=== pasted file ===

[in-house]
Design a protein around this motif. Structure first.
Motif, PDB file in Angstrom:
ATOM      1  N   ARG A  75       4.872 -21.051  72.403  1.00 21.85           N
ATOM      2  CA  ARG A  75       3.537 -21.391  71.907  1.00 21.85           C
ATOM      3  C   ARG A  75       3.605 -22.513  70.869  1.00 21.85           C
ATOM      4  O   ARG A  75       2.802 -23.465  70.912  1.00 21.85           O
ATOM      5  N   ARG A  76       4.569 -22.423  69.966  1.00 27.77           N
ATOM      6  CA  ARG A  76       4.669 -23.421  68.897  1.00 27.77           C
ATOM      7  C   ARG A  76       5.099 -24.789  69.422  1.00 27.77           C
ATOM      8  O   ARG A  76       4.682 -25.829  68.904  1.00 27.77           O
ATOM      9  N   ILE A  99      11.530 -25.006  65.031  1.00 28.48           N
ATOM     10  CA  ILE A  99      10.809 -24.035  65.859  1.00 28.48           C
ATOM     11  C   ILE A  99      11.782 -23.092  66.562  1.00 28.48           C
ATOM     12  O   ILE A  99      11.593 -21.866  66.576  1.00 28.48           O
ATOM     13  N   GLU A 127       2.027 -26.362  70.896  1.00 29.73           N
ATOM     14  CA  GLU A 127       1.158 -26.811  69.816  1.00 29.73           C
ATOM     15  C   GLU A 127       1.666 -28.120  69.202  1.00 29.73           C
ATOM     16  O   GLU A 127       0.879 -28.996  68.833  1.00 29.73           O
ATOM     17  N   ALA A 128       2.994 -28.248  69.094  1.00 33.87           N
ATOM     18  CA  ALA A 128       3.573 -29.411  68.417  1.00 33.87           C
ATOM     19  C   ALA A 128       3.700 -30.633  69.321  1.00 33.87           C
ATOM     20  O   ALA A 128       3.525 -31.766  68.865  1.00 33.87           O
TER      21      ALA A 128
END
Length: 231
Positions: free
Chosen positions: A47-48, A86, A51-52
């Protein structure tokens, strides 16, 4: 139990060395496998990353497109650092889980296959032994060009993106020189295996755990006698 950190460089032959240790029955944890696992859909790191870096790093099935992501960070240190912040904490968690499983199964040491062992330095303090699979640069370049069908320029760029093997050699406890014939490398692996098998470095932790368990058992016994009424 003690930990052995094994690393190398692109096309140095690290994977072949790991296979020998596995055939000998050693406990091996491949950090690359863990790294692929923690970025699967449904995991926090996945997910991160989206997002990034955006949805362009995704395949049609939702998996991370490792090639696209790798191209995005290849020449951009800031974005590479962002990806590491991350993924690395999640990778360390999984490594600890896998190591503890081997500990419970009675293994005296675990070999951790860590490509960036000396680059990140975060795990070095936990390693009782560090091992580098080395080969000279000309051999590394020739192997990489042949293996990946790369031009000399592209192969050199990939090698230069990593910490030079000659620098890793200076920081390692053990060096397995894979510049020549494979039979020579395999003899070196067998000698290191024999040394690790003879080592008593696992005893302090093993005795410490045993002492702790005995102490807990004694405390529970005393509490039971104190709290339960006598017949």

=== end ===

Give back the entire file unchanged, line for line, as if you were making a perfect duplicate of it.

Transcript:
[in-house]
Design a protein around this motif. Structure first.
Motif, PDB file in Angstrom:
ATOM      1  N   ARG A  75       4.872 -21.051  72.403  1.00 21.85           N
ATOM      2  CA  ARG A  75       3.537 -21.391  71.907  1.00 21.85           C
ATOM      3  C   ARG A  75       3.605 -22.513  70.869  1.00 21.85           C
ATOM      4  O   ARG A  75       2.802 -23.465  70.912  1.00 21.85           O
ATOM      5  N   ARG A  76       4.569 -22.423  69.966  1.00 27.77           N
ATOM      6  CA  ARG A  76       4.669 -23.421  68.897  1.00 27.77           C
ATOM      7  C   ARG A  76       5.099 -24.789  69.422  1.00 27.77           C
ATOM      8  O   ARG A  76       4.682 -25.829  68.904  1.00 27.77           O
ATOM      9  N   ILE A  99      11.530 -25.006  65.031  1.00 28.48           N
ATOM     10  CA  ILE A  99      10.809 -24.035  65.859  1.00 28.48           C
ATOM     11  C   ILE A  99      11.782 -23.092  66.562  1.00 28.48           C
ATOM     12  O   ILE A  99      11.593 -21.866  66.576  1.00 28.48           O
ATOM     13  N   GLU A 127       2.027 -26.362  70.896  1.00 29.73           N
ATOM     14  CA  GLU A 127       1.158 -26.811  69.816  1.00 29.73           C
ATOM     15  C   GLU A 127       1.666 -28.120  69.202  1.00 29.73           C
ATOM     16  O   GLU A 127       0.879 -28.996  68.833  1.00 29.73           O
ATOM     17  N   ALA A 128       2.994 -28.248  69.094  1.00 33.87           N
ATOM     18  CA  ALA A 128       3.573 -29.411  68.417  1.00 33.87           C
ATOM     19  C   ALA A 128       3.700 -30.633  69.321  1.00 33.87           C
ATOM     20  O   ALA A 128       3.525 -31.766  68.865  1.00 33.87           O
TER      21      ALA A 128
END
Length: 231
Positions: free
Chosen positions: A47-48, A86, A51-52
């Protein structure tokens, strides 16, 4: 139990060395496998990353497109650092889980296959032994060009993106020189295996755990006698 950190460089032959240790029955944890696992859909790191870096790093099935992501960070240190912040904490968690499983199964040491062992330095303090699979640069370049069908320029760029093997050699406890014939490398692996098998470095932790368990058992016994009424 003690930990052995094994690393190398692109096309140095690290994977072949790991296979020998596995055939000998050693406990091996491949950090690359863990790294692929923690970025699967449904995991926090996945997910991160989206997002990034955006949805362009995704395949049609939702998996991370490792090639696209790798191209995005290849020449951009800031974005590479962002990806590491991350993924690395999640990778360390999984490594600890896998190591503890081997500990419970009675293994005296675990070999951790860590490509960036000396680059990140975060795990070095936990390693009782560090091992580098080395080969000279000309051999590394020739192997990489042949293996990946790369031009000399592209192969050199990939090698230069990593910490030079000659620098890793200076920081390692053990060096397995894979510049020549494979039979020579395999003899070196067998000698290191024999040394690790003879080592008593696992005893302090093993005795410490045993002492702790005995102490807990004694405390529970005393509490039971104190709290339960006598017949």